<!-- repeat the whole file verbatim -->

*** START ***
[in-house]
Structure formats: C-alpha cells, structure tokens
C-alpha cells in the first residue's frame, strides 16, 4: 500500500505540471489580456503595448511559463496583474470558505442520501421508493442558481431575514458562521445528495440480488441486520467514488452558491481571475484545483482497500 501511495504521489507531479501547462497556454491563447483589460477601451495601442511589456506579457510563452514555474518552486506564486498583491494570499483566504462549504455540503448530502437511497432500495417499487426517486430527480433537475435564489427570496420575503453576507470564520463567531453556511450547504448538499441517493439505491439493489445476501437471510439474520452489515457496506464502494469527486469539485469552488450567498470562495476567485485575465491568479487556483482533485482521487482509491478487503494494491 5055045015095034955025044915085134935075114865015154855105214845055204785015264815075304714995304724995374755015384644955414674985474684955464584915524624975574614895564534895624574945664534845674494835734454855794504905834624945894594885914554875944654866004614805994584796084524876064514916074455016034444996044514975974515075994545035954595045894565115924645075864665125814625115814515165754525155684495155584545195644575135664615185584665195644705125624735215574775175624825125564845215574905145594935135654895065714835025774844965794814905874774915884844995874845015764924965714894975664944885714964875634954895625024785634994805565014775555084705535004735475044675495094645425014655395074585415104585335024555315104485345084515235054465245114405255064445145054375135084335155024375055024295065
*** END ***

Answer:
[in-house]
Structure formats: C-alpha cells, structure tokens
C-alpha cells in the first residue's frame, strides 16, 4: 500500500505540471489580456503595448511559463496583474470558505442520501421508493442558481431575514458562521445528495440480488441486520467514488452558491481571475484545483482497500 501511495504521489507531479501547462497556454491563447483589460477601451495601442511589456506579457510563452514555474518552486506564486498583491494570499483566504462549504455540503448530502437511497432500495417499487426517486430527480433537475435564489427570496420575503453576507470564520463567531453556511450547504448538499441517493439505491439493489445476501437471510439474520452489515457496506464502494469527486469539485469552488450567498470562495476567485485575465491568479487556483482533485482521487482509491478487503494494491 5055045015095034955025044915085134935075114865015154855105214845055204785015264815075304714995304724995374755015384644955414674985474684955464584915524624975574614895564534895624574945664534845674494835734454855794504905834624945894594885914554875944654866004614805994584796084524876064514916074455016034444996044514975974515075994545035954595045894565115924645075864665125814625115814515165754525155684495155584545195644575135664615185584665195644705125624735215574775175624825125564845215574905145594935135654895065714835025774844965794814905874774915884844995874845015764924965714894975664944885714964875634954895625024785634994805565014775555084705535004735475044675495094645425014655395074585415104585335024555315104485345084515235054465245114405255064445145054375135084335155024375055024295065